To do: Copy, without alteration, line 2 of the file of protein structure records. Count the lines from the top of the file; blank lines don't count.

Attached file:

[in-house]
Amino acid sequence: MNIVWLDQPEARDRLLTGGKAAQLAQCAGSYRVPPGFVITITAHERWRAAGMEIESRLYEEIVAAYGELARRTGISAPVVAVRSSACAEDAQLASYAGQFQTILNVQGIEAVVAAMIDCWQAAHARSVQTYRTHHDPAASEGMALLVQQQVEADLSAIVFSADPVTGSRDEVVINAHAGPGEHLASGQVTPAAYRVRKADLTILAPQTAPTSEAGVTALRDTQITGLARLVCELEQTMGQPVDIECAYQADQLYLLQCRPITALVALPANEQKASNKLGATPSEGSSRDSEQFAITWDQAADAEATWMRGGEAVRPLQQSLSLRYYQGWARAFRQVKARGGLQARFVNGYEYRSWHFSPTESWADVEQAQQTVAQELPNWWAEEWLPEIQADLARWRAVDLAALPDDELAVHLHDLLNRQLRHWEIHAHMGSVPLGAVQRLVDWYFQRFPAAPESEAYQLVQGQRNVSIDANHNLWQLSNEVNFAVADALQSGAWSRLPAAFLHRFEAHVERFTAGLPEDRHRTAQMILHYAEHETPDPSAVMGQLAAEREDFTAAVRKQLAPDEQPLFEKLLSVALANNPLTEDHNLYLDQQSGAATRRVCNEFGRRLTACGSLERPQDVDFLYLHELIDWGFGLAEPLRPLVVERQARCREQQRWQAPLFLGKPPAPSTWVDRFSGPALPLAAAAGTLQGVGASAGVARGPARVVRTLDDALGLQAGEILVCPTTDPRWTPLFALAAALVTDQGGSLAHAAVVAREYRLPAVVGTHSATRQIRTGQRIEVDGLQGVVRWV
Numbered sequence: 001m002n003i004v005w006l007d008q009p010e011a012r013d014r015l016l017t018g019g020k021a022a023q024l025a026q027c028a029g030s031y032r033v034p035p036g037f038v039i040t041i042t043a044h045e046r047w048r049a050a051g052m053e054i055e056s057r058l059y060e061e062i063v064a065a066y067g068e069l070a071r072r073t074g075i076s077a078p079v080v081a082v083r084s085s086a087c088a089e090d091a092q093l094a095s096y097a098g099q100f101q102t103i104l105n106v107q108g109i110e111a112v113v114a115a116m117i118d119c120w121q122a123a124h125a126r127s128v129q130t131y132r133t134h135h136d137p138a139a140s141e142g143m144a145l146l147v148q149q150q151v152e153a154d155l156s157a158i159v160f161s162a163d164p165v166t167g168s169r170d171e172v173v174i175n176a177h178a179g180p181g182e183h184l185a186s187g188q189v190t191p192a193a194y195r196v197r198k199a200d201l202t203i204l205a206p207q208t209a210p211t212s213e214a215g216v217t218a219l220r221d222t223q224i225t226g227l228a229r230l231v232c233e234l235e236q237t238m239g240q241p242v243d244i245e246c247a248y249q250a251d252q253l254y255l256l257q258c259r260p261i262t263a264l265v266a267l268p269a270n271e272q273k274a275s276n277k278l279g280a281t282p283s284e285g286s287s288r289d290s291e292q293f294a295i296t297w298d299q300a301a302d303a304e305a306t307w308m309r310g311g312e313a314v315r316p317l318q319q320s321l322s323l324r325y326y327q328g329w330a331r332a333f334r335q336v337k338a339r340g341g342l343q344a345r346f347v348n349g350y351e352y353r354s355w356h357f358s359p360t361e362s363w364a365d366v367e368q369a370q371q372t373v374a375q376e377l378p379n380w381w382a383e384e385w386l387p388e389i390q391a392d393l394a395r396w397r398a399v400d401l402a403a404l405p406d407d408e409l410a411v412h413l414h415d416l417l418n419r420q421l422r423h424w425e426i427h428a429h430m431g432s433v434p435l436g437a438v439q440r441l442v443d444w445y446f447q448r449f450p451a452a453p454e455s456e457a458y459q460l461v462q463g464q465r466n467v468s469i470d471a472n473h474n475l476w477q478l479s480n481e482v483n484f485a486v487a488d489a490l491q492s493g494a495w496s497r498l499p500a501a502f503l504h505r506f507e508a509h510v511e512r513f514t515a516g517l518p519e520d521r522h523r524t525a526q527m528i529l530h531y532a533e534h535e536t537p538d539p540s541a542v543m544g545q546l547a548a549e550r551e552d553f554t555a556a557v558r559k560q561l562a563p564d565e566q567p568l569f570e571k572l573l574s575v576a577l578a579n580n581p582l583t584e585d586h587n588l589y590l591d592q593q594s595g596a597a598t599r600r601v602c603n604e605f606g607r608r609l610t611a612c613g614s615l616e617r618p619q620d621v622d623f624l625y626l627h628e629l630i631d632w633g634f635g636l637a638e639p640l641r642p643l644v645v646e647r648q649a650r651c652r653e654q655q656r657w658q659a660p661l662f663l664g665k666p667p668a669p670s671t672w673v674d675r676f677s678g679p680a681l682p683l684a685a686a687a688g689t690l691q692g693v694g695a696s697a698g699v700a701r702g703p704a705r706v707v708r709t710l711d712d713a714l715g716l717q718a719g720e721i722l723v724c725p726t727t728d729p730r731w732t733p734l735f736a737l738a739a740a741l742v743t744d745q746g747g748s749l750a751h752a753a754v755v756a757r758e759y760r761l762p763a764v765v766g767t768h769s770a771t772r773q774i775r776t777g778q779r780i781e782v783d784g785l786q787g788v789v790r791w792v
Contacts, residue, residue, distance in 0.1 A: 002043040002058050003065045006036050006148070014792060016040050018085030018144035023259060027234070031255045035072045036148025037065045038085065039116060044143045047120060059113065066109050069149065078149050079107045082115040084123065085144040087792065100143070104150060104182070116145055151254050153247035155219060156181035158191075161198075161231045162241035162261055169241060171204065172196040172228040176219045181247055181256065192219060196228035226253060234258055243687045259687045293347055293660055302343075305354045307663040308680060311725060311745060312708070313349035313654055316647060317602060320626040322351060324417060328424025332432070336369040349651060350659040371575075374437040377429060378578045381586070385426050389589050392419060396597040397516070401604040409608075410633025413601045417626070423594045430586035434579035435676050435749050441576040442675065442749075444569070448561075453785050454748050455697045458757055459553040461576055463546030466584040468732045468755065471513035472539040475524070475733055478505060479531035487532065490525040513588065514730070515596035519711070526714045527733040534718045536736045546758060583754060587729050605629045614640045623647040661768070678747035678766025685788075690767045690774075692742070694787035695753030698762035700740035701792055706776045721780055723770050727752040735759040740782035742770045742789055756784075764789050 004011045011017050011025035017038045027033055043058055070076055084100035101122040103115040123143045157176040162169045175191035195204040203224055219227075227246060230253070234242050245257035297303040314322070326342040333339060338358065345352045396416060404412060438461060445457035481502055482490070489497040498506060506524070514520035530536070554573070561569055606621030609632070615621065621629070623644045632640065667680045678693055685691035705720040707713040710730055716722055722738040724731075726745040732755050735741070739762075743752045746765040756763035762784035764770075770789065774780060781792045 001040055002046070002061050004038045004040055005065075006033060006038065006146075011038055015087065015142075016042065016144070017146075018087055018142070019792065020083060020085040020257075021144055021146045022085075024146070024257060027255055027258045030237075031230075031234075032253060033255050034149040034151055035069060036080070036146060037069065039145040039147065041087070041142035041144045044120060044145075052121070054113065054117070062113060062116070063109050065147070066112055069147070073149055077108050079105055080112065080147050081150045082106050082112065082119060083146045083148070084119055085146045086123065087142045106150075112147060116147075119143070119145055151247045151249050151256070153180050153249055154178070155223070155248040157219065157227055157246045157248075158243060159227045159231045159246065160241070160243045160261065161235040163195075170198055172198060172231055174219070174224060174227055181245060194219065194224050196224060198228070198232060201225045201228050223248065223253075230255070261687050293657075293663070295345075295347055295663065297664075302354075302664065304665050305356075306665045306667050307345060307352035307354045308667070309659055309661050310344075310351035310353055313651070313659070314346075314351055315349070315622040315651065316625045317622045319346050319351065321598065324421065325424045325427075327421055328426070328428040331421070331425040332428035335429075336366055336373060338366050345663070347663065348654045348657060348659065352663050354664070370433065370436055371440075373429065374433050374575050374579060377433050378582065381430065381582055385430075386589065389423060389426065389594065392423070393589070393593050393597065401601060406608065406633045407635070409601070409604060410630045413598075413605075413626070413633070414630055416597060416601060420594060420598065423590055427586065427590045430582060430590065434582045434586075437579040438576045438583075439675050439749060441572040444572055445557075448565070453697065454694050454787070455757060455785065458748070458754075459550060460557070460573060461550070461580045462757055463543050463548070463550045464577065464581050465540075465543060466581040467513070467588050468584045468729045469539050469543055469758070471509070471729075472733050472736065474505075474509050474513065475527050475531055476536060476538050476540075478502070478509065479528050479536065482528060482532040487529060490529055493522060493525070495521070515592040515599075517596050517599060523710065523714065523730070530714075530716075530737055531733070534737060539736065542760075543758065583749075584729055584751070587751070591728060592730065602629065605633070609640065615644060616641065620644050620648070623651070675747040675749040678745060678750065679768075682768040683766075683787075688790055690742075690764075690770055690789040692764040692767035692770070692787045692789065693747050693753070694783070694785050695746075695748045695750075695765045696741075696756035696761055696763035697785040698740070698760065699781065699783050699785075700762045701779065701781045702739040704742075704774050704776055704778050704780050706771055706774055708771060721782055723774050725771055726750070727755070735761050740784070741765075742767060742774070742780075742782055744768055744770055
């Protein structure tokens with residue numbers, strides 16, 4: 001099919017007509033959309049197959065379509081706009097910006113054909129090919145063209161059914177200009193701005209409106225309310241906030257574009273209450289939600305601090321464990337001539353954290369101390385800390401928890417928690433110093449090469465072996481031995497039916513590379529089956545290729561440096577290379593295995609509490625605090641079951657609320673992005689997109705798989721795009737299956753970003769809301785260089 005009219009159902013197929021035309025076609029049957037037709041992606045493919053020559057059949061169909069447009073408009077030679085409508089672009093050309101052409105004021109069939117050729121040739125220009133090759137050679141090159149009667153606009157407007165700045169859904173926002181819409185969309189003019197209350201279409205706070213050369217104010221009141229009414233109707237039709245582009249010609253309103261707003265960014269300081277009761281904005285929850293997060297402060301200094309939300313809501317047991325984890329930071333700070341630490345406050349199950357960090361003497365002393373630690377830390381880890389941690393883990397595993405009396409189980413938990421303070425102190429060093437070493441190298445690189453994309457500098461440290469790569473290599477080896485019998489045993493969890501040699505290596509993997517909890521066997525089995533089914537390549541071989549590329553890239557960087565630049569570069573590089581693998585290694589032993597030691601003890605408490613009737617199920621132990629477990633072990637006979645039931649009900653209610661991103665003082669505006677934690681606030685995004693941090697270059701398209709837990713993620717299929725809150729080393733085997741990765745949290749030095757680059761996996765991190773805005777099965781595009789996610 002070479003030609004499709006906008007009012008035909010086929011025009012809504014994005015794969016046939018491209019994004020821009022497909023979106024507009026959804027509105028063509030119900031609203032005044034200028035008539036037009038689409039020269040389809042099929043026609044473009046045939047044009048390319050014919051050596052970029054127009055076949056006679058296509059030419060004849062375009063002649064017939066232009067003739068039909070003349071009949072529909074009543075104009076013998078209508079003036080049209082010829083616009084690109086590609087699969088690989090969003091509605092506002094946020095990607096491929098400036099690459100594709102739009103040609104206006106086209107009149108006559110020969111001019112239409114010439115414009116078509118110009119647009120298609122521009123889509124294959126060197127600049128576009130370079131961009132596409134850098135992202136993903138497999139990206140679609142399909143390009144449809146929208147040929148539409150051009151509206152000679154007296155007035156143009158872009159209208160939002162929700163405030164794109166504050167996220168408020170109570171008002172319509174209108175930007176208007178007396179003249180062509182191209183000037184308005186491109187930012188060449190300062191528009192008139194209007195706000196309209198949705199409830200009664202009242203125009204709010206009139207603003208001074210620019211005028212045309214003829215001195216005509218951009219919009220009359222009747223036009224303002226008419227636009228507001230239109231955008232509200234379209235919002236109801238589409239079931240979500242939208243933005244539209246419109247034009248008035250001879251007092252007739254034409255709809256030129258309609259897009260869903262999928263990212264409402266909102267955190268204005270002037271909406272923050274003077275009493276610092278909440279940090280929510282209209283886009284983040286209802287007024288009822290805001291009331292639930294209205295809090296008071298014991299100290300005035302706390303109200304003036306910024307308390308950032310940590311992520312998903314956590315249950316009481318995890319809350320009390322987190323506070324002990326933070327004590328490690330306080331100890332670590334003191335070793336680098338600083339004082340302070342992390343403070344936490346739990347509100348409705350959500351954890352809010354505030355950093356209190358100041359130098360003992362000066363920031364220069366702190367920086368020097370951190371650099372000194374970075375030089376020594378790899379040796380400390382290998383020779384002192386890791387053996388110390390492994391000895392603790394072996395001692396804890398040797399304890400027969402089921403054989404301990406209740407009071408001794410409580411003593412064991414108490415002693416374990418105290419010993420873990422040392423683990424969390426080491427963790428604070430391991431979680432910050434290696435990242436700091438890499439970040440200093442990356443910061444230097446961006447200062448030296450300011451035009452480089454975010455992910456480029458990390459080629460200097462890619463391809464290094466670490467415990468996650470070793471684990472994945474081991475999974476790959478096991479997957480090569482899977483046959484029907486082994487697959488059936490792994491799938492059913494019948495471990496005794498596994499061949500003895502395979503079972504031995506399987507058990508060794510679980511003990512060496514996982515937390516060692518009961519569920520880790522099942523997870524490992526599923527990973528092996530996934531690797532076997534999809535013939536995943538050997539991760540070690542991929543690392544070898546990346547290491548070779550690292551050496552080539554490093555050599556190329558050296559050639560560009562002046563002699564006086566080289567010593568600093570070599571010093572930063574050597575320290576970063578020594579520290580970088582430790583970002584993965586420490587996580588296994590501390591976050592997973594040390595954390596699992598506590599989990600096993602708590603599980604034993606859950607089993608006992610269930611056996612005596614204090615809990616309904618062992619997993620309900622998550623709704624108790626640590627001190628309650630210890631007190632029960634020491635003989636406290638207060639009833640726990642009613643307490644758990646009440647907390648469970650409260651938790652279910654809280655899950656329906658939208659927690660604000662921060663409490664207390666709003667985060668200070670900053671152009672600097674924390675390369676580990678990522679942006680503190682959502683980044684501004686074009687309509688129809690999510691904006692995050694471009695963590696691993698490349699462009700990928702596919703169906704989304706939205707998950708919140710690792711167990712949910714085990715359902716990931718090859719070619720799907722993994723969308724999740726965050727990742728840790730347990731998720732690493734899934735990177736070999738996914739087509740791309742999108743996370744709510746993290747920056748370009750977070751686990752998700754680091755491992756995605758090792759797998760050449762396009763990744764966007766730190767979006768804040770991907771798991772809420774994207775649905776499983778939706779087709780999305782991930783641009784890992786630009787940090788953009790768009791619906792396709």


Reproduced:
Amino acid sequence: MNIVWLDQPEARDRLLTGGKAAQLAQCAGSYRVPPGFVITITAHERWRAAGMEIESRLYEEIVAAYGELARRTGISAPVVAVRSSACAEDAQLASYAGQFQTILNVQGIEAVVAAMIDCWQAAHARSVQTYRTHHDPAASEGMALLVQQQVEADLSAIVFSADPVTGSRDEVVINAHAGPGEHLASGQVTPAAYRVRKADLTILAPQTAPTSEAGVTALRDTQITGLARLVCELEQTMGQPVDIECAYQADQLYLLQCRPITALVALPANEQKASNKLGATPSEGSSRDSEQFAITWDQAADAEATWMRGGEAVRPLQQSLSLRYYQGWARAFRQVKARGGLQARFVNGYEYRSWHFSPTESWADVEQAQQTVAQELPNWWAEEWLPEIQADLARWRAVDLAALPDDELAVHLHDLLNRQLRHWEIHAHMGSVPLGAVQRLVDWYFQRFPAAPESEAYQLVQGQRNVSIDANHNLWQLSNEVNFAVADALQSGAWSRLPAAFLHRFEAHVERFTAGLPEDRHRTAQMILHYAEHETPDPSAVMGQLAAEREDFTAAVRKQLAPDEQPLFEKLLSVALANNPLTEDHNLYLDQQSGAATRRVCNEFGRRLTACGSLERPQDVDFLYLHELIDWGFGLAEPLRPLVVERQARCREQQRWQAPLFLGKPPAPSTWVDRFSGPALPLAAAAGTLQGVGASAGVARGPARVVRTLDDALGLQAGEILVCPTTDPRWTPLFALAAALVTDQGGSLAHAAVVAREYRLPAVVGTHSATRQIRTGQRIEVDGLQGVVRWV